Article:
It seems like I was born into forced simplicity or at least semi-poverty. I never had a lot of things. When I was taken to my first foster home my whole four-year-old world could fit in a half-full paper bag rolled down at the top.
After my second move the foster mother took a small Winnie-the-Pooh away from me since my birth mother had given it to me. She feared it would would make me sad to have a reminder of her. They took away the Roberta Flack “Killing me Softly” 45 my brother had won for me at a carnival because it was inappropriate for a child. The commandeering of the Budweiser mirror was completely understandable.
The Christmas of 1980 my grandmother gave me an AM radio inside a long-haired plush dog. I would listen to it as I fell asleep to DEVO, Kenny Rogers, Styx, Anne Murray. Once these same parents knew what it was they decided it was inappropriate, too, and confiscated it.
Then there was the youth group leader who didn’t even know my name but hijacked my Guns N’ Roses tape because, again, it didn’t fit in with someone’s definition of appropriate. Interesting, that the two forms of this word, the adjective uh-proh-pree-it, and the verb uh-proh-pree-eyt, were pretty much interchangeable in my life.
People felt entitled to decide what was appropriate for me and then appropriate it. I’ve had to learn to hold things lightly.
Even when moving to college all I owned was a set of dinosaur sheets, some clothes, a tape player, and not much else. My next set of foster parents packed me up without a goodbye. I didn’t get to take my Nancy Drew books, Shaun Cassidy records, MADmagazines, or microscope with me.
In all these instances, the things held meaning for me, the people who gave them to me were important, and they were mine, something of my own while I lived in other people’s homes.
You’d think that I’d want to make up for all my belongings being taken away by surrounding myself with objects giving me a sense of security, and to keep acquiring to build a wall of stuff around myself.
In the years that I was on my own and then married, I’ve had to make hard decisions of what to leave behind, give away, and sell. The biggest collection I’ve carried with me are books. Boxes and boxes of them. Books on a shelf ground me; there’s an categorized chaos within the clashing spines and curious titles that brings me comfort.
Even so, my collection began to outgrow my capacity to store it. Boxes of books were piling up and Mike was getting annoyed with having to move so many of them all the time. I needed to let go. So I started a purge.
We live in intentional community. In the city. In a 1920s Chicago hotel. In very small rooms. Ours is maybe 8×8. Our daughter has her own smaller room. If they were clean I’d have taken a picture for you. We are constantly downsizing. We’ve been called to this lifestyle, we chose it, and it suits us. But it still requires an awareness of what surrounds us, crowds us, and distracts us. We don’t have an attic or garage to store baby clothes and toys, yearbooks, cassette tapes, records, and CDs from back in the day.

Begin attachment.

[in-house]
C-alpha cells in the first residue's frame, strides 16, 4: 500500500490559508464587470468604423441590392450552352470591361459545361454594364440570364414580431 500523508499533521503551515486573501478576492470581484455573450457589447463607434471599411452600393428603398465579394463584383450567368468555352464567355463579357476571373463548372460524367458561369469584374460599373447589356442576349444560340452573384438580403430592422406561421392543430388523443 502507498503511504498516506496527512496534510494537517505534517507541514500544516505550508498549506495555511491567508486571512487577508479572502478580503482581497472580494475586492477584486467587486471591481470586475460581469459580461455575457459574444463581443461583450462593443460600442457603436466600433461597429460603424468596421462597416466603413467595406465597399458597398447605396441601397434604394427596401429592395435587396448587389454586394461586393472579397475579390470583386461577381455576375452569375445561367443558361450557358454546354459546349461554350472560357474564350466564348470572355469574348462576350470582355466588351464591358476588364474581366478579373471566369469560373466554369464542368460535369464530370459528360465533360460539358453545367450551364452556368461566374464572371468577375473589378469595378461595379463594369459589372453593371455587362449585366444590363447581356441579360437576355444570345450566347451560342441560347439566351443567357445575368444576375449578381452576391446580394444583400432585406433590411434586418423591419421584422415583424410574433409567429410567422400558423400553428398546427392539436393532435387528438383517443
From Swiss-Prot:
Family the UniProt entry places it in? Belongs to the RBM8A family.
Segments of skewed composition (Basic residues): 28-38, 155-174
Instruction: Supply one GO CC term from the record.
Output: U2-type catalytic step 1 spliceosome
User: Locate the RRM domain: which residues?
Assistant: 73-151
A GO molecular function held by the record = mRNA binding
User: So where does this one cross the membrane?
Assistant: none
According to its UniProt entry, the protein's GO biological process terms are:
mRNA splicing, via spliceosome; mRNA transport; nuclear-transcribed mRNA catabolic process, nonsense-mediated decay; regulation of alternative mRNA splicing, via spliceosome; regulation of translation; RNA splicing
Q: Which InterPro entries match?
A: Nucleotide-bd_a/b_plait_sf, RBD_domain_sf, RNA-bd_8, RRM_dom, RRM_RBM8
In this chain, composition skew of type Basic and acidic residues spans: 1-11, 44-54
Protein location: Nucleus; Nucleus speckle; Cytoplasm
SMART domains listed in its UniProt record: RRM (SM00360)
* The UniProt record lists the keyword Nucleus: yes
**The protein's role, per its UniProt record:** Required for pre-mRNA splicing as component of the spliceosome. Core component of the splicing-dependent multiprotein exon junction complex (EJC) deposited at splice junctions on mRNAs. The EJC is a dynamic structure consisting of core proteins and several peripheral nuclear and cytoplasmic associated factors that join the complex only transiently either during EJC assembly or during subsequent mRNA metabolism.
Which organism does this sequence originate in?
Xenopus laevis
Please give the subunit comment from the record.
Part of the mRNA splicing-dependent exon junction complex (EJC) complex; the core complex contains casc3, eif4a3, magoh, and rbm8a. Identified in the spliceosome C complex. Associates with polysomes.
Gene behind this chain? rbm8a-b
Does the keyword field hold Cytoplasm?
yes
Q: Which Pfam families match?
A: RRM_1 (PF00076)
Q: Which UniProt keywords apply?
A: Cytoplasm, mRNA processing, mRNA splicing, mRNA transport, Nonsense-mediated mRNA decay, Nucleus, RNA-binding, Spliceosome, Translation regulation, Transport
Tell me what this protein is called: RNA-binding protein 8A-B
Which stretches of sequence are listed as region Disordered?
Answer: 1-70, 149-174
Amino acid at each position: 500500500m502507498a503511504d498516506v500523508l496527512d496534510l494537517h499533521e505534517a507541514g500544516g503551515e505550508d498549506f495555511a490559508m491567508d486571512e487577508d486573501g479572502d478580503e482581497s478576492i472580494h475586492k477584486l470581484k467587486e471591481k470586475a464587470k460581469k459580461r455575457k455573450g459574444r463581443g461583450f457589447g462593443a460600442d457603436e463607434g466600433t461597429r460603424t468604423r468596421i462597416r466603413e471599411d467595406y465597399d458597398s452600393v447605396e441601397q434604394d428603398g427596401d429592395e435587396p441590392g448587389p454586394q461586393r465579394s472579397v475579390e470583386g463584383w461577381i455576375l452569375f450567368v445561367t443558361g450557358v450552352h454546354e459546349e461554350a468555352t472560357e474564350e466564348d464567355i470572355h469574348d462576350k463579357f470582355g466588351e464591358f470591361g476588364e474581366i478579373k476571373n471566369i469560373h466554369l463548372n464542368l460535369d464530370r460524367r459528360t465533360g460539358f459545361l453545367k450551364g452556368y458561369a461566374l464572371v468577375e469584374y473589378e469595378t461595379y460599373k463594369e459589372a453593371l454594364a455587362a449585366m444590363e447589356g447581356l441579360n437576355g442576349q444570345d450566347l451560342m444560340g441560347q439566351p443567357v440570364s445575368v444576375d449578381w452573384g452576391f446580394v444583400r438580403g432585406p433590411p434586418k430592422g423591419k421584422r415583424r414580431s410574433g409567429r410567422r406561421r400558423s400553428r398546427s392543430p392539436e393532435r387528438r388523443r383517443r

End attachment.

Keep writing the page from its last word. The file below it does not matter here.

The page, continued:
There’s a fine line between owning things and things owning you. We have to make intentional decisions about what we want to be connected to, what we want to be anchored to. The less we have, the less we have to maintain.
We needed to be intentional about how much we were spending, what we were purchasing, what we were storing. It’s a daily battle and the stuff keeps piling up and we have to remind ourselves why we live this way.
Jesus People USA’s reason for moving into an impoverished neighborhood 44 years ago was to be close to the poor, live among them, live on a similar economic level. We wanted everything about how we lived to reflect our love for God and the people around us and we didn’t want stuff and money to get in the way of that.
Simplicity requires awareness and an inner dialogue, it’s a conscious choice to make every thing in your life serve a purpose, meet a need, and benefit not only yourself but others.
I’m still a collector. I’ve thinned out my herd of books to accommodate new ones and stop overcrowding, but I like to surround myself with little things. I have a shelf with cubby holes in it and a ledge around the room for my found objects. They’re not just random vacuum tubes, trolley gauges, and farm scales. They’re each a memory, an experience. They each tell a story. And I love sharing those stories. Come by sometime and I’ll tell you how I acquired the exit sign over my door.
What collections are starting to crowd you? What need are your things meeting? Is there meaning and story attached to the things that own you?
Here is “1980,” a playlist I put together for you:
Writer at Raggle-Taggle
Tammy Perlmutter writes about unabridged life, fragmented faith, and investing in the mess. She is founder and curator of The Mudroom and co-founder of Deeply Rooted., a biannual worship and teaching gathering for women. Tammy is a member of Redbud Writers Guild; writing blog posts, personal essays, flash memoir, poetry, and even preaching sometimes. She's an urban beekeeper and lives in an intentional Christian community in Chicago with her husband, Mike, and daughter, Phoenix.